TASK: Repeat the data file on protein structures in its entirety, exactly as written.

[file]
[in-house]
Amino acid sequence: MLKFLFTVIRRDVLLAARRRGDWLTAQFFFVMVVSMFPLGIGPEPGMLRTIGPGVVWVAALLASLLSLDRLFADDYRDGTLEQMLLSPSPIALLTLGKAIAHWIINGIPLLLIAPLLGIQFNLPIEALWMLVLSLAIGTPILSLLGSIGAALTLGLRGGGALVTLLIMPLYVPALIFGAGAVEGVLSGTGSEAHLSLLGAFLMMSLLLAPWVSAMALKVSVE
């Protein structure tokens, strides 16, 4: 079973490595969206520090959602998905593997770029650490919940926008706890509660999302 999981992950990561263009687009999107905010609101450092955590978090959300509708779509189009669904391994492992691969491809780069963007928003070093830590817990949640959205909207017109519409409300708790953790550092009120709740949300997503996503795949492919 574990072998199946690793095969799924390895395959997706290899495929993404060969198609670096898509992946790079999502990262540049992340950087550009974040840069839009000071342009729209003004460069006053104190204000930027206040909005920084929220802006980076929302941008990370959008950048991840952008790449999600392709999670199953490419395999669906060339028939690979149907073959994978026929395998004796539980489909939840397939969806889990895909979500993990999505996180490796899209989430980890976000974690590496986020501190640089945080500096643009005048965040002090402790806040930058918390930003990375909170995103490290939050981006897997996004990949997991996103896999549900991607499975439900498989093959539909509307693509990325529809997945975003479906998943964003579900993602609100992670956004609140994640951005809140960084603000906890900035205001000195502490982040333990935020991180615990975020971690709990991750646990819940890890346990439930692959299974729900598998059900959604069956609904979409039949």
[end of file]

[in-house]
Amino acid sequence: MLKFLFTVIRRDVLLAARRRGDWLTAQFFFVMVVSMFPLGIGPEPGMLRTIGPGVVWVAALLASLLSLDRLFADDYRDGTLEQMLLSPSPIALLTLGKAIAHWIINGIPLLLIAPLLGIQFNLPIEALWMLVLSLAIGTPILSLLGSIGAALTLGLRGGGALVTLLIMPLYVPALIFGAGAVEGVLSGTGSEAHLSLLGAFLMMSLLLAPWVSAMALKVSVE
């Protein structure tokens, strides 16, 4: 079973490595969206520090959602998905593997770029650490919940926008706890509660999302 999981992950990561263009687009999107905010609101450092955590978090959300509708779509189009669904391994492992691969491809780069963007928003070093830590817990949640959205909207017109519409409300708790953790550092009120709740949300997503996503795949492919 574990072998199946690793095969799924390895395959997706290899495929993404060969198609670096898509992946790079999502990262540049992340950087550009974040840069839009000071342009729209003004460069006053104190204000930027206040909005920084929220802006980076929302941008990370959008950048991840952008790449999600392709999670199953490419395999669906060339028939690979149907073959994978026929395998004796539980489909939840397939969806889990895909979500993990999505996180490796899209989430980890976000974690590496986020501190640089945080500096643009005048965040002090402790806040930058918390930003990375909170995103490290939050981006897997996004990949997991996103896999549900991607499975439900498989093959539909509307693509990325529809997945975003479906998943964003579900993602609100992670956004609140994640951005809140960084603000906890900035205001000195502490982040333990935020991180615990975020971690709990991750646990819940890890346990439930692959299974729900598998059900959604069956609904979409039949």